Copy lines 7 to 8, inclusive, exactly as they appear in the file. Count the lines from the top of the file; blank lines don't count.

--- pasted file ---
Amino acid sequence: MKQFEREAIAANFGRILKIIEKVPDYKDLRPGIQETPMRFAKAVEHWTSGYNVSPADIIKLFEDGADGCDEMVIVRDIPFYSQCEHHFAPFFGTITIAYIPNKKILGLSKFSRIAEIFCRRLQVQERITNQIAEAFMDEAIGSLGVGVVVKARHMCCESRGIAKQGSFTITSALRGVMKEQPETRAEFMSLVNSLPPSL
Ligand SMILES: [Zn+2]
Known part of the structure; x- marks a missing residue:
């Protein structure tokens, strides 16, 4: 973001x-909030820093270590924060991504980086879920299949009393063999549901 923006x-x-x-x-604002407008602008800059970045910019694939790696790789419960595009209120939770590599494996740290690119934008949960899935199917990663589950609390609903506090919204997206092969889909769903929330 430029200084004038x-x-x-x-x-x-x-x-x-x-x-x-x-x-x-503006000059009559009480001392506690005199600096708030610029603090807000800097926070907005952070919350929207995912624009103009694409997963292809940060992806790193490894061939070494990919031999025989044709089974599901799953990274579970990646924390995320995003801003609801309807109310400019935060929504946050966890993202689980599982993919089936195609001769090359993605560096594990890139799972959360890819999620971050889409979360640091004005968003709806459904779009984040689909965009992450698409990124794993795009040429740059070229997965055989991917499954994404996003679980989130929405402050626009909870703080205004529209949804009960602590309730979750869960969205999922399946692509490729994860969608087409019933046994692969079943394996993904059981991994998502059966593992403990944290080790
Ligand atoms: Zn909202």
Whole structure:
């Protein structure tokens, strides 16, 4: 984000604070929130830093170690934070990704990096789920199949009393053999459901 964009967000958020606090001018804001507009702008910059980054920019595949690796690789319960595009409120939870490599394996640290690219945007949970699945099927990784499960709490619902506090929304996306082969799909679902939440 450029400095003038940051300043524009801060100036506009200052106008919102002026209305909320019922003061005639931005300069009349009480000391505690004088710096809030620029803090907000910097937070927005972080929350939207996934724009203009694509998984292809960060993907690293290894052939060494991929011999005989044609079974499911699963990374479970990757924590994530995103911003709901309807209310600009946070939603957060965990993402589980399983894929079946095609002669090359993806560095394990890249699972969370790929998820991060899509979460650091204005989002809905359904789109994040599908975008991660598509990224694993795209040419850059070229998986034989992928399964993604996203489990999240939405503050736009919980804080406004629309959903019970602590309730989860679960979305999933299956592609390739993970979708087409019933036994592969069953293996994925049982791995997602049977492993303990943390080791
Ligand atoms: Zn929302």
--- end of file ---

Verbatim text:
């Protein structure tokens, strides 16, 4: 984000604070929130830093170690934070990704990096789920199949009393053999459901 964009967000958020606090001018804001507009702008910059980054920019595949690796690789319960595009409120939870490599394996640290690219945007949970699945099927990784499960709490619902506090929304996306082969799909679902939440 450029400095003038940051300043524009801060100036506009200052106008919102002026209305909320019922003061005639931005300069009349009480000391505690004088710096809030620029803090907000910097937070927005972080929350939207996934724009203009694509998984292809960060993907690293290894052939060494991929011999005989044609079974499911699963990374479970990757924590994530995103911003709901309807209310600009946070939603957060965990993402589980399983894929079946095609002669090359993806560095394990890249699972969370790929998820991060899509979460650091204005989002809905359904789109994040599908975008991660598509990224694993795209040419850059070229998986034989992928399964993604996203489990999240939405503050736009919980804080406004629309959903019970602590309730989860679960979305999933299956592609390739993970979708087409019933036994592969069953293996994925049982791995997602049977492993303990943390080791
Ligand atoms: Zn929302």